Viz at the south coast was bad last week, so I stuck to macro (=less water between the subject and the lens). In a particularly shallow pool, I noticed a couple of ‘subjects’; some tiny Mysis shrimp for example. I had a lucky shot of these with my old camera (see here), but could not get it right this time. Same for a tiny Polycera quadrilineata nudibranch. Then I noticed something bright red in the corner of my eye: a worm sticking out of its tube. It was so shallow that I had to remove my strobe from the tray and hold it in one hand. I believe this is a Serpula vermicularis (right next to it in the second photo is another species with a keeled tube). The red and white disc sticking out between the tentacles is the operculum used to close off the tube when the animal retracts (for instance, when you move your camera too close). Even the least exciting looking things on the shore become interesting and beautiful when you take a look up close!
The rock around Falmouth is very soft in places, and when turning over large stones, sometimes they break and reveal interesting things (I have posted previously about the high density of worms in rocks). I recently had another rock crumbling on Castle Beach and I noticed something unusual-looking slipping away in its burrow. A Sipuncula (‘peanut worms’) or Echiura (‘spoon worms’) I thought, something not featured in any old guide anyway, so I browsed David Fenwick’s aphotomarine site where I quickly found the suspect: the Spoon worm Thalassema neptuni. The Echiura are recognised as a separate Phylum in most books, but recent research has revealed that they are not as special as they look: they are actually ‘ordinary’ Annelid worms (see this Open Access paper):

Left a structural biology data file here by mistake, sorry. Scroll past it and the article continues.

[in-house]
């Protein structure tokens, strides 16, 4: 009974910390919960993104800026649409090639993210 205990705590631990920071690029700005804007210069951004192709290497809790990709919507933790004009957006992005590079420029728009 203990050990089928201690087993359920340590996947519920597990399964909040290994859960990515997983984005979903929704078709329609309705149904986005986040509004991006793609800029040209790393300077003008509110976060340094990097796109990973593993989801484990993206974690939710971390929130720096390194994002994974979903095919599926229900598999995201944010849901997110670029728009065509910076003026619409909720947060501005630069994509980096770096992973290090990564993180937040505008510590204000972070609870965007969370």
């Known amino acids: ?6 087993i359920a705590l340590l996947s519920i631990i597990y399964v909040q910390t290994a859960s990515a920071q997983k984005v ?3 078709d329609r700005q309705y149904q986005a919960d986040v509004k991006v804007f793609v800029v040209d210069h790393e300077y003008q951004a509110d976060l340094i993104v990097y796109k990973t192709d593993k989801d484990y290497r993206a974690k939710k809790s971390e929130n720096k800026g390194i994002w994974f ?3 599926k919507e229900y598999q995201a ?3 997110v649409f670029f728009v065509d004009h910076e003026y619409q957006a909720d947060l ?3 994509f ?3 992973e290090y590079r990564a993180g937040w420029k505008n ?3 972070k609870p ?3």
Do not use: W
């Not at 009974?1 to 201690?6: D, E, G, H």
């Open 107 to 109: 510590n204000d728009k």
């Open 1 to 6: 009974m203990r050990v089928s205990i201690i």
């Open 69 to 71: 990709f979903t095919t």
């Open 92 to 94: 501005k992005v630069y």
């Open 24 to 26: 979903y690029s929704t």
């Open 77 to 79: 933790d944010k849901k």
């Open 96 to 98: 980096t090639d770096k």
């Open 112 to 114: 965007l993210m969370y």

The diversity of life within rocks is actually quite surprising. I have not taken a good look at all the types of worms yet, but this one stands out: a tiny Green leaf worm Eulalia viridis (looks like a sock puppet):
Last weekend I went to my local beach in Flushing for the last time this year. Although it was stormy and cold it was nice to have a little wander around. Loads of washed up seaweed mixed with fallen Oak leaves on the beach:
Some of the new kelp has settled on pebbles instead of on more solid rock and so were also washed ashore. Easy for ‘planting’ in the aquarium although these species grow a bit to big to fit in my tank:
The slate around here is full of worms, some impressive burrowing! I have no idea what type of annelid this is; definitely worth to try to take some macro photos of in the new year: